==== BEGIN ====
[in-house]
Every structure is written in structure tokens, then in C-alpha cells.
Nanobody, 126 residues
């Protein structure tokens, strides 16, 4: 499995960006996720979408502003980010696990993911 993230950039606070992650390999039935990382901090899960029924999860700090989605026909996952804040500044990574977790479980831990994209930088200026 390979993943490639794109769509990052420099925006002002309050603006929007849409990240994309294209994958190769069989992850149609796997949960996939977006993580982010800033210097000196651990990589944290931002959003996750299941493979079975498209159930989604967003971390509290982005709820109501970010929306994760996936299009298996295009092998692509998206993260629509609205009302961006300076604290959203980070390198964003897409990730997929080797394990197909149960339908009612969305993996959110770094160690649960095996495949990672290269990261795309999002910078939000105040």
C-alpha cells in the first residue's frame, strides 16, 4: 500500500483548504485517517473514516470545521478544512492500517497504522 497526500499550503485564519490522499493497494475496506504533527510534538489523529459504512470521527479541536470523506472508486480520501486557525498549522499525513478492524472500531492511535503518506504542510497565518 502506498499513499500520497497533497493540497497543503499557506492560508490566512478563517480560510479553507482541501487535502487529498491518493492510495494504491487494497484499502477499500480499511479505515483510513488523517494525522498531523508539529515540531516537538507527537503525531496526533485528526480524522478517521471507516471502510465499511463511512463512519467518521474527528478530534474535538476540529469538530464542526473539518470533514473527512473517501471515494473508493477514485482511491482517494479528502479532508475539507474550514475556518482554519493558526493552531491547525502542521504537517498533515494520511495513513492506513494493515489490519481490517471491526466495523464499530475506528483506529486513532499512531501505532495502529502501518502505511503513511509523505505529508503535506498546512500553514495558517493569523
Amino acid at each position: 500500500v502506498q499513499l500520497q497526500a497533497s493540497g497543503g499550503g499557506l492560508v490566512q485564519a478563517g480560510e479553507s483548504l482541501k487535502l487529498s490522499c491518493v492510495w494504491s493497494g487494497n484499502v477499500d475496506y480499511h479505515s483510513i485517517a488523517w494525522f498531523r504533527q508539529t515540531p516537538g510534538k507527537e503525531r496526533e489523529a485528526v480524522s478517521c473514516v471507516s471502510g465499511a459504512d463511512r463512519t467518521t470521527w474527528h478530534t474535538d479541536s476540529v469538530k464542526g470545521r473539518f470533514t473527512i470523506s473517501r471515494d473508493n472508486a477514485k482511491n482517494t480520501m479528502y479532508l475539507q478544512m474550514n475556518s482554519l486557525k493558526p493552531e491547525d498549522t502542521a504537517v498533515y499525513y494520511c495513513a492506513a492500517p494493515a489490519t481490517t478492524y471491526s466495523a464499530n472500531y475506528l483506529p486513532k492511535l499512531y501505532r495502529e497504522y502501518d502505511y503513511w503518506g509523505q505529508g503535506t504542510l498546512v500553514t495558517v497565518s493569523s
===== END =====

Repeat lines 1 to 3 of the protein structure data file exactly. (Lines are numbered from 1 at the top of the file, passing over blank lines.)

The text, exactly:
[in-house]
Every structure is written in structure tokens, then in C-alpha cells.
Nanobody, 126 residues